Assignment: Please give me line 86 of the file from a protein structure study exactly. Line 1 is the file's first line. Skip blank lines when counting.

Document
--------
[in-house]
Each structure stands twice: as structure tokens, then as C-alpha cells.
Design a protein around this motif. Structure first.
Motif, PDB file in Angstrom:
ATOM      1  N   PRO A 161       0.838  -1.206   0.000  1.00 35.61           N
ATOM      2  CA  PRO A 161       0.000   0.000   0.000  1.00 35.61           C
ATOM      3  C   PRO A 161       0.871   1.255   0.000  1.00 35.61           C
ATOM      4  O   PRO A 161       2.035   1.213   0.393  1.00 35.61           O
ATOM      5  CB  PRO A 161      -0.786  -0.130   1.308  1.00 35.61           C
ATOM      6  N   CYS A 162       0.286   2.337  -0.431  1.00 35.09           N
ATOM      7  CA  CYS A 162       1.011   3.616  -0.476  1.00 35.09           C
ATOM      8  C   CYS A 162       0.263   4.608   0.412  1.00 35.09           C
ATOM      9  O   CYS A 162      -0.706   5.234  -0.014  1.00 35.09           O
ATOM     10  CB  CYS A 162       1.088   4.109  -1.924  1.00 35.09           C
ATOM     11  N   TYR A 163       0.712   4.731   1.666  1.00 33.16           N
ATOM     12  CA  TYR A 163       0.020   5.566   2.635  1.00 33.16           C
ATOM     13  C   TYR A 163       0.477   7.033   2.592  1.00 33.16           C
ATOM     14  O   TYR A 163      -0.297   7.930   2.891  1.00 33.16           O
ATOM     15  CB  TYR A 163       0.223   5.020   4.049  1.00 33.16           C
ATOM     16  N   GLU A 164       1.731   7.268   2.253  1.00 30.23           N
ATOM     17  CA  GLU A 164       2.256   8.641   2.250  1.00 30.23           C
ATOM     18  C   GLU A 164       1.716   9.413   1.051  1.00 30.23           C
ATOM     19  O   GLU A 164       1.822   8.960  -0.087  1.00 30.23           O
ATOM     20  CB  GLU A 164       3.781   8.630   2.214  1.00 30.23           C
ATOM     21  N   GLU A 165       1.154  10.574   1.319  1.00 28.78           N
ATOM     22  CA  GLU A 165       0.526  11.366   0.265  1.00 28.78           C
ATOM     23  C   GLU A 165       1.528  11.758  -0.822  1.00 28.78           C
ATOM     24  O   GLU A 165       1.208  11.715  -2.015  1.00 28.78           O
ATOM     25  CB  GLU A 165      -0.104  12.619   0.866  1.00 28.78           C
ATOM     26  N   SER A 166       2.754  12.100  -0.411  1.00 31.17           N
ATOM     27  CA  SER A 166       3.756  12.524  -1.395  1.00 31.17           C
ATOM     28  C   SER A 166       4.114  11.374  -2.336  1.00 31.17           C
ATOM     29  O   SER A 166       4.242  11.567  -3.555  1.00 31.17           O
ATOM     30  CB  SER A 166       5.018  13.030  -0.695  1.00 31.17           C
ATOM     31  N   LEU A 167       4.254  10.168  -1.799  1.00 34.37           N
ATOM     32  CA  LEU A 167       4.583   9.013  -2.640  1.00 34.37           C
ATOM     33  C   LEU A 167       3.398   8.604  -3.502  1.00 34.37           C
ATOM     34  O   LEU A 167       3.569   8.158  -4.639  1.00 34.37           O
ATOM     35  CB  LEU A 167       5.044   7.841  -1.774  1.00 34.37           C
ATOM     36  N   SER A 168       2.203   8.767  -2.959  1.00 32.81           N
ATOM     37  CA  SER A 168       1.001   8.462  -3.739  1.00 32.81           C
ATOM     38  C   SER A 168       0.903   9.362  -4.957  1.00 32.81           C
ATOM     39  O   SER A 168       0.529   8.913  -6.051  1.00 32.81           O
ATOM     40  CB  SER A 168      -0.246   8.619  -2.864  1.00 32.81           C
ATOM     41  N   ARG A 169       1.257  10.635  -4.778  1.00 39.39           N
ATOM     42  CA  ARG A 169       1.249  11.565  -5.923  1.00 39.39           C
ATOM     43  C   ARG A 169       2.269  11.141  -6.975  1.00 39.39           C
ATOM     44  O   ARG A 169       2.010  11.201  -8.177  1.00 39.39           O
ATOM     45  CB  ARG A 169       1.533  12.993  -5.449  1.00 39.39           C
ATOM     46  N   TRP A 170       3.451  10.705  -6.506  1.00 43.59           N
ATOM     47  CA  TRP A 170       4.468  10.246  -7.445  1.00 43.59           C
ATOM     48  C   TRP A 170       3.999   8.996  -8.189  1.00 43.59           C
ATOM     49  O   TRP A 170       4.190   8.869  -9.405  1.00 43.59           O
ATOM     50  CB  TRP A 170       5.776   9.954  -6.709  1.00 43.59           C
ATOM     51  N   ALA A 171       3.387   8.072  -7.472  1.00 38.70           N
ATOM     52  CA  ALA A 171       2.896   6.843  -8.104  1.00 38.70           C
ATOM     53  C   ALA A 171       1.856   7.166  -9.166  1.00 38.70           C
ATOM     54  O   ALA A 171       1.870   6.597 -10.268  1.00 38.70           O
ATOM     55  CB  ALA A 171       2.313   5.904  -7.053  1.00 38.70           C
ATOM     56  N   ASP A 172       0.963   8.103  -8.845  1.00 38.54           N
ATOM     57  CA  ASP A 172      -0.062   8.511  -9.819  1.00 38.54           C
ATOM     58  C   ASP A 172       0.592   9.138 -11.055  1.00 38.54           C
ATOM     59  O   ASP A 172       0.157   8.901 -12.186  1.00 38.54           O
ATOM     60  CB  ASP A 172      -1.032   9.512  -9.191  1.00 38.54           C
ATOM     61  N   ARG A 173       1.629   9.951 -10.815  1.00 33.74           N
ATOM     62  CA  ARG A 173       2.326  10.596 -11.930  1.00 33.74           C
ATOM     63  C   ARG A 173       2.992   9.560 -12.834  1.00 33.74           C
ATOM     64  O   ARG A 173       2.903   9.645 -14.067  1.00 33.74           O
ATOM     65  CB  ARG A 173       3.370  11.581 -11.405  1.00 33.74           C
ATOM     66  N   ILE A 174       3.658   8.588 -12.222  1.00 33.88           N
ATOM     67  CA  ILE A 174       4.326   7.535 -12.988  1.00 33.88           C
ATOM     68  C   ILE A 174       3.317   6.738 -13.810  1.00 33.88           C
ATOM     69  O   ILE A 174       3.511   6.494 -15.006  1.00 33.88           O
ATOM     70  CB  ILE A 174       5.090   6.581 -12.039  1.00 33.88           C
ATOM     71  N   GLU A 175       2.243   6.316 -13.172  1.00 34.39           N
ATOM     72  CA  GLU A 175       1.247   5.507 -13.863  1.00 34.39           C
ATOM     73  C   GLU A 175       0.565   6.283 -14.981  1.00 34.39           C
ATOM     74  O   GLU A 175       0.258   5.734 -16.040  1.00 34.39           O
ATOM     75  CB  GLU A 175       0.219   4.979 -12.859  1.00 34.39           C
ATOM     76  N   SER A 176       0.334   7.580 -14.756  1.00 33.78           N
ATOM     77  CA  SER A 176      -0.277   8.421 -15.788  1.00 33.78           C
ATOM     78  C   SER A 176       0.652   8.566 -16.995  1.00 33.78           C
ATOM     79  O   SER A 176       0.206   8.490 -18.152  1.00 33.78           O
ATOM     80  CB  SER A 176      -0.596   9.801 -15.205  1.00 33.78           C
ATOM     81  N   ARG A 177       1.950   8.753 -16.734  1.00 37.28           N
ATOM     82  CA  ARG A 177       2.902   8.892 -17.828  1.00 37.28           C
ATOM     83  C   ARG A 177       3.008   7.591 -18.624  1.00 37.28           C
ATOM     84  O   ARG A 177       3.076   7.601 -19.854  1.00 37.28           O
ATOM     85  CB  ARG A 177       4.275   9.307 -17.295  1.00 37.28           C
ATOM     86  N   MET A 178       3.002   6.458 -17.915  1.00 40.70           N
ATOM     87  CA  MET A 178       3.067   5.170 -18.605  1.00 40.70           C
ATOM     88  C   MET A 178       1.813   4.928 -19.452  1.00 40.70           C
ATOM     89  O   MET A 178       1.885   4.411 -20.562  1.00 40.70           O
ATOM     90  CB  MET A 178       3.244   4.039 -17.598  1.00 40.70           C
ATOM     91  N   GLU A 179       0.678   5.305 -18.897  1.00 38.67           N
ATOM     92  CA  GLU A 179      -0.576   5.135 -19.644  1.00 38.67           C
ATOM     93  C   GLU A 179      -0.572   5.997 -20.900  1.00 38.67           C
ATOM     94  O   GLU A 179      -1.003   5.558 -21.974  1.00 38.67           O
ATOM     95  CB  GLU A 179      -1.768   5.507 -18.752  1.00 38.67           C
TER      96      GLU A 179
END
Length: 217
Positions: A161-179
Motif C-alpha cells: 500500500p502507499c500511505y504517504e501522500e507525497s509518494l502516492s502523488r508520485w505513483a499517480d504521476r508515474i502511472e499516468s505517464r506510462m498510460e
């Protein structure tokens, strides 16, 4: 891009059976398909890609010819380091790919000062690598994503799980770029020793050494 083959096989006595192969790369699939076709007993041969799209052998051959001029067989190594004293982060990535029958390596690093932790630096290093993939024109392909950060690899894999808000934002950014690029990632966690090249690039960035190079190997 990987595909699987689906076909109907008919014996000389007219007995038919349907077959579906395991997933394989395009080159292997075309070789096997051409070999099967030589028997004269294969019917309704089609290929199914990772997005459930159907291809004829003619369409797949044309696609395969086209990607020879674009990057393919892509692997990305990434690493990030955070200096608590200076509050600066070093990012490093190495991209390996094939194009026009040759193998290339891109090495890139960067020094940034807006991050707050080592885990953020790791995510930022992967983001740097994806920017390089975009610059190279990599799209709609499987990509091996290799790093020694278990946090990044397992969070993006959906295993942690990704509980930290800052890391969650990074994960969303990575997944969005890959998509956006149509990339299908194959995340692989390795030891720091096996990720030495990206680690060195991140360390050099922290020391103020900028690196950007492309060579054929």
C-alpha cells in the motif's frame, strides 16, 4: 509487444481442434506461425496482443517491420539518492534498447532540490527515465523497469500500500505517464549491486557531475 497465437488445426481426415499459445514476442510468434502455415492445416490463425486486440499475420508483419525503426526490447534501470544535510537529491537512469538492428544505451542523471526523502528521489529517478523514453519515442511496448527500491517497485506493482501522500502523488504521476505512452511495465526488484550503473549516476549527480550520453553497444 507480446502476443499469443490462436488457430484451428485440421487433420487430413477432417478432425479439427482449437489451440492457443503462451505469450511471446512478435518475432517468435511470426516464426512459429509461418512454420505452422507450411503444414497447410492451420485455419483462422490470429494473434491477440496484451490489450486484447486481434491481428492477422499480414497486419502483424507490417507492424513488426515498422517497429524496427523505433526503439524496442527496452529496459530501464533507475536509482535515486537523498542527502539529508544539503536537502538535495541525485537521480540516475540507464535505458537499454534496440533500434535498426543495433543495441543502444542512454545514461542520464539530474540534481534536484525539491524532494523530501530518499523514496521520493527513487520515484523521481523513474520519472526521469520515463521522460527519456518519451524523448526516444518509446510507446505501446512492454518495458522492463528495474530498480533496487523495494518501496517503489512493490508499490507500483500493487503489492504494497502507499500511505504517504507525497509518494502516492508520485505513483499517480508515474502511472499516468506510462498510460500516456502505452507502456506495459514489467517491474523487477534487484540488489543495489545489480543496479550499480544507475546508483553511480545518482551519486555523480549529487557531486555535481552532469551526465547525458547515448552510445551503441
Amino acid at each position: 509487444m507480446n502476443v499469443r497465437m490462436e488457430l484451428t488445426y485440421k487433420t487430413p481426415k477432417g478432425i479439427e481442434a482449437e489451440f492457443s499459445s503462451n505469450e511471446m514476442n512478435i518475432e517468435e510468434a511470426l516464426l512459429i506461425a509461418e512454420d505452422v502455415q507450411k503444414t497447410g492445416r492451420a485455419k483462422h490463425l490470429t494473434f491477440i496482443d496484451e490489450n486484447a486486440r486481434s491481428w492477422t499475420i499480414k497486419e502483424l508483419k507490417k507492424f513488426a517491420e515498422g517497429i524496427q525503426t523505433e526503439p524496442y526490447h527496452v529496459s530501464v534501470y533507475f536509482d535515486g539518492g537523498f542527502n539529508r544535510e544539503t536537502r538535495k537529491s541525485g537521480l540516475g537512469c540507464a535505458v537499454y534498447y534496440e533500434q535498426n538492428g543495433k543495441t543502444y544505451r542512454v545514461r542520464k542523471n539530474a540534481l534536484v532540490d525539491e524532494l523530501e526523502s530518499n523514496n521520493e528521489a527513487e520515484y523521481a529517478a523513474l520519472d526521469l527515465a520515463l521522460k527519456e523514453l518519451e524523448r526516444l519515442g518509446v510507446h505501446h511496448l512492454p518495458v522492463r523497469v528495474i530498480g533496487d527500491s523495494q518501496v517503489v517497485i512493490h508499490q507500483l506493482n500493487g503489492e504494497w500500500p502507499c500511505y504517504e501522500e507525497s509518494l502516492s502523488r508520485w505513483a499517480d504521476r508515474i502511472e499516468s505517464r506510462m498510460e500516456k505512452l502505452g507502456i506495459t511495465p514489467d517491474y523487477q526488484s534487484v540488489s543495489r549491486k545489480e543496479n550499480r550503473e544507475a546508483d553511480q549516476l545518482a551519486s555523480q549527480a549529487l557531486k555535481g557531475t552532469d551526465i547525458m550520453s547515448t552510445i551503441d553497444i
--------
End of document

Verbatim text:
ATOM     82  CA  ARG A 177       2.902   8.892 -17.828  1.00 37.28           C